Django Django’s follow up to their widely acclaimed self-titled 2012 debut album is nothing close to disappointing. If anything, ‘Born Under Saturn’ is more of a reflection of their true self than the first. This does not necessarily mean that it is better – because they differ in many aspects – but it is definitely catchier and more imaginative.
Released on 4 May 2015, it was well received by fans and critics alike and has been generating considerable talking points ever since. The album is structured like a nonconformist’s playlist – in a good way – with genres, beats and styles crisscrossing to treat our ears to a completely new experience. It is a harmonious ensemble of different cultures of music backed by sheer raw energy.
Vincent Neff seems to have been put on a strict diet of brimstone in the past three years because he is on fire. His vocals are stronger than ever and his almost lack of inflection gives the album a sort of relaxed, no urgency feel.
‘First Light’, by far the album’s most applauded song, is eerily captivating with its tingling vocals and a superbly calibrated synth backdrop. ‘Life We Know’ gallops closely on its heels and is a big booster for the album.
The band has made an impressive effort to prevent the adapted tracks from sounding like ripoffs. ‘Giant’ has been slowed down and recreated in a style of their own; quite different from that of Stereolab’s and ‘Shake and Tremble’ has been completely re-purposed to create a totally different identity from ‘Big Boi’s ‘Shutterbuug’. Let us just say that one of their strongest qualities is their knack for originality and diversity.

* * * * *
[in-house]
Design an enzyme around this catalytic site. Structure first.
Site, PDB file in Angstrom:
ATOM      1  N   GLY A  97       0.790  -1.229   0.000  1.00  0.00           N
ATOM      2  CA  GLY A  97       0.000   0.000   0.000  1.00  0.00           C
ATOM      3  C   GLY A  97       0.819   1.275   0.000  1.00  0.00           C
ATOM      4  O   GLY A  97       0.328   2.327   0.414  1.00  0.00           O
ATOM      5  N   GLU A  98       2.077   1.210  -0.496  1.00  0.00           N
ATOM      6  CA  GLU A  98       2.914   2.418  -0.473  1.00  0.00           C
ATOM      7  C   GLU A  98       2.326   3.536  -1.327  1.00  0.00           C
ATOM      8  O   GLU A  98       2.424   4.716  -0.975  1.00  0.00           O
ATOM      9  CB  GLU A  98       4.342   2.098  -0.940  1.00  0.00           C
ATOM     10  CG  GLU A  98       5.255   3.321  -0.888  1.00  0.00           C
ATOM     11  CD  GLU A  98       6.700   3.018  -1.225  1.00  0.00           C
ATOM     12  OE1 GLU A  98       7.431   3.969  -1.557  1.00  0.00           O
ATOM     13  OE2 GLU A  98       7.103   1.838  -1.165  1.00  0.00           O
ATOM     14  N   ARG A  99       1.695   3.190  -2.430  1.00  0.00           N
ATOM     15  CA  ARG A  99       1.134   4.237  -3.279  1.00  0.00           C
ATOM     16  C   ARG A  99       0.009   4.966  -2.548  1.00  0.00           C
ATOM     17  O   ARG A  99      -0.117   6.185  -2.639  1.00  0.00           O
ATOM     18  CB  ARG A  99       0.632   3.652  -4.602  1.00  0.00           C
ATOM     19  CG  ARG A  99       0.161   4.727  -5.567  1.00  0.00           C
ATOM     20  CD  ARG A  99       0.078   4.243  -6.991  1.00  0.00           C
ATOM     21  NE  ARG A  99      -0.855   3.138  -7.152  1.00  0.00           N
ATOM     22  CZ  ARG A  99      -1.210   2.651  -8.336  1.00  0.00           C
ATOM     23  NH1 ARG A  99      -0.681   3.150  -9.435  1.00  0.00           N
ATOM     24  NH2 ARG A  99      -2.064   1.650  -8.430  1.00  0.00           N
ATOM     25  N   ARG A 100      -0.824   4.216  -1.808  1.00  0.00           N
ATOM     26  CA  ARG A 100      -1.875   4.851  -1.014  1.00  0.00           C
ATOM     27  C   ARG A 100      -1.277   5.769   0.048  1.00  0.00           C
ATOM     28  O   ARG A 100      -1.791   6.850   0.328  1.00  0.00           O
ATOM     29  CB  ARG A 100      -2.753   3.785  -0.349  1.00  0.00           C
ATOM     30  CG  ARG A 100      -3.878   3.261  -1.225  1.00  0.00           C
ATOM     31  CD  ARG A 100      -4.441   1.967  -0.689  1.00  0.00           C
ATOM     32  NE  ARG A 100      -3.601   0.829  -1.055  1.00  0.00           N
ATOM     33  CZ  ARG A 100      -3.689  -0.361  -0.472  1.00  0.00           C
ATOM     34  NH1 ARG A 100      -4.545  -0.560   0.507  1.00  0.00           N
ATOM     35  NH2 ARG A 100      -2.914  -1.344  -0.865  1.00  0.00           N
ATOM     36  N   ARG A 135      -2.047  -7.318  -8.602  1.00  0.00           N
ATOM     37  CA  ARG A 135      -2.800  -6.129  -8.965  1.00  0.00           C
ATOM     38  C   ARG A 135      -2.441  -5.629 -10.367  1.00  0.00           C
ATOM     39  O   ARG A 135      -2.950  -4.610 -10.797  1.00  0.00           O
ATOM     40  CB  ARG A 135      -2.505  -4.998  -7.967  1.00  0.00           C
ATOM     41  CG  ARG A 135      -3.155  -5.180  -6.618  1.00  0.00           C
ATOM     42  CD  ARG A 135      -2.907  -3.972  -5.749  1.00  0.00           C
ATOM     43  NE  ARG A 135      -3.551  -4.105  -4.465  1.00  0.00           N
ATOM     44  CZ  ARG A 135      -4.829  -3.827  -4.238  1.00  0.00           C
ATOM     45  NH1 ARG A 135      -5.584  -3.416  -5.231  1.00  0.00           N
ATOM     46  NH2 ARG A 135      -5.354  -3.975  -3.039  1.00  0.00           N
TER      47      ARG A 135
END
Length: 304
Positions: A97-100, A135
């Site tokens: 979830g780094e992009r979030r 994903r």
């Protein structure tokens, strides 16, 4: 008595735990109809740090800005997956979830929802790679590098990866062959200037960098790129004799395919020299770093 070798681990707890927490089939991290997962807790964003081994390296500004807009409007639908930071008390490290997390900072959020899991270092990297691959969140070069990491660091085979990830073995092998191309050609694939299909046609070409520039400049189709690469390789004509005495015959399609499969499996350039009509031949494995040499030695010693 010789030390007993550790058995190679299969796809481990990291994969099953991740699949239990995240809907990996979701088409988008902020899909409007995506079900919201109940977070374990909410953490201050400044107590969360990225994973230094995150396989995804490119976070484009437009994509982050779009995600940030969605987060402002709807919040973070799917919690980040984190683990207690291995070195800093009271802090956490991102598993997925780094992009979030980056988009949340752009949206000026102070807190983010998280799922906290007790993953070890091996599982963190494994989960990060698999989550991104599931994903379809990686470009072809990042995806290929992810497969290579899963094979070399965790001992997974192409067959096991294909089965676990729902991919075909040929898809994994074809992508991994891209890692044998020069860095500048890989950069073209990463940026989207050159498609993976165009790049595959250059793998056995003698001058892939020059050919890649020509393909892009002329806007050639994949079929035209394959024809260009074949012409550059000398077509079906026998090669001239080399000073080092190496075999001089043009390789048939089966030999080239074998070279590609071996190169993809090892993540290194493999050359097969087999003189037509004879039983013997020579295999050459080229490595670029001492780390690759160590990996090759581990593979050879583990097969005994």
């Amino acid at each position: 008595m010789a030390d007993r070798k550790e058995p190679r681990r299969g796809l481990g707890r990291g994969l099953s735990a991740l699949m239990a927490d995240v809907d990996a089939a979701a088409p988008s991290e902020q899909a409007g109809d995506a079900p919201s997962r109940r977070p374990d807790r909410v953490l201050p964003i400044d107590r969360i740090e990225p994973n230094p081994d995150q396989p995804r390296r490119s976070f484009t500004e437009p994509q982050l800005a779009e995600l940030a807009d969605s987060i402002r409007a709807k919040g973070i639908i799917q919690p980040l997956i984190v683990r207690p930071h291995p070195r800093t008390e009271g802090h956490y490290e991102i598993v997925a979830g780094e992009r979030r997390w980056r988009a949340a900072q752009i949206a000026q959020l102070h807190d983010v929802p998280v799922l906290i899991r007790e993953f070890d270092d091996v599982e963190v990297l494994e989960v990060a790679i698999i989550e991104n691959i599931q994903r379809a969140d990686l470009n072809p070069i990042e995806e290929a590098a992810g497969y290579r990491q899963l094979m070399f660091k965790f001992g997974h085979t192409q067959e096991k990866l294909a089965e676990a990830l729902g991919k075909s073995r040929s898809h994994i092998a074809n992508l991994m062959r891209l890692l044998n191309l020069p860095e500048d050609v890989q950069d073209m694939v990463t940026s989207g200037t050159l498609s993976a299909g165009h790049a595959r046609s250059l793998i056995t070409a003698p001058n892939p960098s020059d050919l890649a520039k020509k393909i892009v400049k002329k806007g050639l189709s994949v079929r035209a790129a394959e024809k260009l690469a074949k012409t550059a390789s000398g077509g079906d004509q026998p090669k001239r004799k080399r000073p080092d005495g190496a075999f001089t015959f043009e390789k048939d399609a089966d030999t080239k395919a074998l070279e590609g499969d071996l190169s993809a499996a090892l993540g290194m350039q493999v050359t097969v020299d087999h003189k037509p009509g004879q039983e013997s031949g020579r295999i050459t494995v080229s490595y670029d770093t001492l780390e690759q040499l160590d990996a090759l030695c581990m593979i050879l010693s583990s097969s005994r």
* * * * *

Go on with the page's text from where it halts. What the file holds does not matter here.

A certain theme and/or plot is evident as you shuffle through the tracks. There seems to be a desired leitmotif in the LP apparent from the the story lines of a few songs. ‘High Moon’ seems to be about the healing power of the universe and ‘Shot Down’ is about the influences of the universe in our decisions. It may not seem like it to the unobservant eye but ‘Born Under Saturn’ is a very deep and well thought-of LP.
Yes they struggled to pull off a collocation of their heavy British accent with reggae beats in ‘Shot Down’ and ‘Reflections’ but the result was more interesting than boring. Some songs in the album may come out as a little bit weaker but there is not one bad song in the LP. In the least, the worst tracks are fine.
The London-based Scottish quartet seems to have done their homework on this one but they would have achieved more punch if they had cut a good ten minutes from their fifty four minute album. All in all, its a wise buy and a fun listen.